How to Grow Lords-and-Ladies — Arum

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Arum –often called lords-and-ladies–is a tuberous, deciduous perennial which blooms in summer. The exotic-looking “flowers” resemble calla lilies (Zantedeschia). The inflorescence is actually many tiny flowers clustered on a central stalk called a spadix. The spadix is surrounded by a modified leaf called a spathe. Showy spikes of red or orange berries follow the flowers in late summer and autumn.

Arum bears spear, arrow, or heart-shaped leaves which are often marbled. In regions with mild winters, the leaves remain attractive until late spring.

The Arum genus includes about 26 species of mainly spring-flowering, tuberous perennials

All parts of Arum are poisonous if ingested and the sap can cause skin irritation.

Leaves of Arum
Foliage of Italian arum (Arum italicum) with striking pale veins on the leaves.

Get to know Arum

  • Plant type: Perennial with tuberous roots
  • Growing zones and range: Zones 5 to 9 depending on the variety
  • Hardiness: Plants are deciduous
  • Height and width: 8 to 20 inches (20-50cm) tall and wide depending on the variety
  • Foliage: Arrow-shaped or heart-shaped leaves
  • Flowers: Callalike blossoms on short stalks; bract (spathe) half encloses thick, fleshy spike (spadix) which bears tiny flowers
  • Bloom time: Spring
  • Uses: Shady borders, woodland gardens
  • Garden companions: Ferns
  • Common name: Lords-and-ladies
  • Botanical name: Arum
  • Family name: Araceae
  • Origin: Southern Europe, North Africa, West Asia

Where to plant Arum

  • Grow Arum in full sun or partial shade.
  • Plant Arum in humus-rich well-drained soil.
  • A sheltered site is best to help protect foliage in winter.
  • Where Arum is not hardy, grow them in pots and overwinter them in a cool spot.
 Arum italicum flower berries
Arum italicum flower berries

When to plant Arum

  • Plant arum seeds in the fall.
  • Set out container-grown plants in spring or fall.

Planting and spacing Arum

  • Set tubers with the tops 4 to 6 inches (10-15cm) below the soil surface. Roots develop from the tops of tubers.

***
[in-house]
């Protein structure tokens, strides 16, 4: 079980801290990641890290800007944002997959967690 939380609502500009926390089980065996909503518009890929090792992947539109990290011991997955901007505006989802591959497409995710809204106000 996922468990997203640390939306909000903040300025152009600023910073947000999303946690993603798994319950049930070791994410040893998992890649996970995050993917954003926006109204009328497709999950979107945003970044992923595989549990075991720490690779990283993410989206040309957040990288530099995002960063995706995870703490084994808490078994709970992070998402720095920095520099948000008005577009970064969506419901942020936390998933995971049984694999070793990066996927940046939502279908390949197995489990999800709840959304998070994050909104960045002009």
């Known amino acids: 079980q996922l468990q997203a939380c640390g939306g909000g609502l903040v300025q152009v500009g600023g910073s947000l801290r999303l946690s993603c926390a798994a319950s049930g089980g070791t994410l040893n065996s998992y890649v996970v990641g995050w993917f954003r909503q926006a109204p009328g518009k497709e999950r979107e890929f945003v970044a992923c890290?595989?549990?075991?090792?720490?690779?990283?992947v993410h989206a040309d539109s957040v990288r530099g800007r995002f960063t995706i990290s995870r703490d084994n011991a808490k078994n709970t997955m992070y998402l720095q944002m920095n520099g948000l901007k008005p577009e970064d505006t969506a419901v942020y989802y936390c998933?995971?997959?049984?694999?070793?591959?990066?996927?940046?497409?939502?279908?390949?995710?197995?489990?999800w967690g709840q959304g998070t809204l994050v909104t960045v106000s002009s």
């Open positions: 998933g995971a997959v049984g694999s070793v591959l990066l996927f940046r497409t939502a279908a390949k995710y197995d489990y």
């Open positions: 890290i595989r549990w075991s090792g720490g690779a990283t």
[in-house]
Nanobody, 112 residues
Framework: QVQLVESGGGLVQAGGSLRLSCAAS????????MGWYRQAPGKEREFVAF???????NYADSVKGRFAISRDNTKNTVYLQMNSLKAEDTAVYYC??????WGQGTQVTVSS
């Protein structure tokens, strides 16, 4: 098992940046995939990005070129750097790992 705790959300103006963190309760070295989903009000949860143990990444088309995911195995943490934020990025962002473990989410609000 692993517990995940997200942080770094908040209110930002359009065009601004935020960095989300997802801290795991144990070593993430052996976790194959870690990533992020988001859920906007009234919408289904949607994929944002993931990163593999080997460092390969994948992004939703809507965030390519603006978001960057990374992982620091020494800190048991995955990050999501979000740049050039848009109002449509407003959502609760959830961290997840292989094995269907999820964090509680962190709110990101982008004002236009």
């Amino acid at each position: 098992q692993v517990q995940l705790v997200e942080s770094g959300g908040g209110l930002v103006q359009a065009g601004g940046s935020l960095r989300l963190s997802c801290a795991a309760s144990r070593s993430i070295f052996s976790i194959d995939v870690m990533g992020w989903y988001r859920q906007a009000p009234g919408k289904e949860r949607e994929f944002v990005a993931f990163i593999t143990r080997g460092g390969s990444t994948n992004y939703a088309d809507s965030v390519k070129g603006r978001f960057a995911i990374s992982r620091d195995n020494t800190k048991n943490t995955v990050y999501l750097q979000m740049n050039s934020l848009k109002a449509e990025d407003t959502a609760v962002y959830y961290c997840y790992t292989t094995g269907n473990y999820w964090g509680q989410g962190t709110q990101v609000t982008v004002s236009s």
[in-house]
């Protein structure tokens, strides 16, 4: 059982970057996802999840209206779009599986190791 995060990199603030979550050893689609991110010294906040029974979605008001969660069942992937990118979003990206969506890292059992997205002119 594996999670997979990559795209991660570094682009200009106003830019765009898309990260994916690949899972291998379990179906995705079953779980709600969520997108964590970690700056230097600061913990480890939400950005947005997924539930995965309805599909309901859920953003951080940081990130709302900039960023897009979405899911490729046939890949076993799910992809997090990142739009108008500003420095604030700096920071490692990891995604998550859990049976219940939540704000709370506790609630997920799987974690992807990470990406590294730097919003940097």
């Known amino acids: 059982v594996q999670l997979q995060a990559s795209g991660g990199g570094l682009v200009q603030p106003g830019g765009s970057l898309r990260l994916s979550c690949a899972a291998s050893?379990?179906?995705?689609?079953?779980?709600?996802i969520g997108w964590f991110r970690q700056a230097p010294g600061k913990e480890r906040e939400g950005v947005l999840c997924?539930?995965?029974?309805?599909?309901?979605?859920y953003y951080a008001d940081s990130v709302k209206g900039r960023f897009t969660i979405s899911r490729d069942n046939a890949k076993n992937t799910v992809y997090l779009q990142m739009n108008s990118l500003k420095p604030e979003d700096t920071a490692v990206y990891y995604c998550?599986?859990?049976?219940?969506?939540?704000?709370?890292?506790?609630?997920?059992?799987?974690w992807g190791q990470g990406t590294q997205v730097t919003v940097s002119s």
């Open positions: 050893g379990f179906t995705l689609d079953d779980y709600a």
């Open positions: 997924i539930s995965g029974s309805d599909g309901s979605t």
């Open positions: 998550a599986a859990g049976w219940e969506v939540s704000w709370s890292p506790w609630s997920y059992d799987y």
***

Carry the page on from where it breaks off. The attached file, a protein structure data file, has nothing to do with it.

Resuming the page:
• Mark the planting location to avoid digging into tubers when they are dormant.

How to water and feed Arum

  • Give Arum regular water during active growth.
  • Feed plants with an all-purpose organic fertilizer in spring. Apply a balanced fertilizer monthly during the growing season.

Arum care

  • Mulch with compost in spring to keep the soil rich and to help retain moisture.
  • In cold winter regions, cover plants with coarse mulch or evergreen boughs in late fall.
  • Sap from Arum is an irritant if ingested.

Arum pests and diseases

  • Arum has few pests or diseases.

Arum propagation

  • Divide clumps of arum tubers in spring.
  • Separate offests in spring or autumn.
  • Sow seeds in spring.
Arum lily
Arum lily

Arum varieties to grow

  • Arum italicum, Italian arum: Arrow-shaped leaves to 8 inches long; shite or greenish-white, sometimes purple-spotted, flowers in spring and early summer; dense clusters of bright red fruit follow.
  • A. palestinum, black calla: arrow-shaped spathe to 8 inches long, greenish outside, blackish-purple inside; has a curved back that reveals blackish-purple spadix; often grown as a potted plant.
  •  A. pictum: light green, heart-shaped leaves; spathe is violet, green at base; spadix is purplish black.

Written by Stephen Albert

Stephen Albert is a horticulturist, master gardener, and certified nurseryman who has taught at the University of California for more than 25 years. He holds graduate degrees from the University of California and the University of Iowa. His books include Vegetable Garden Grower’s Guide, Vegetable Garden Almanac & Planner, Tomato Grower’s Answer Book, and Kitchen Garden Grower’s Guide. His Vegetable Garden Grower’s Masterclass is available online. has more than 10 million visitors each year.

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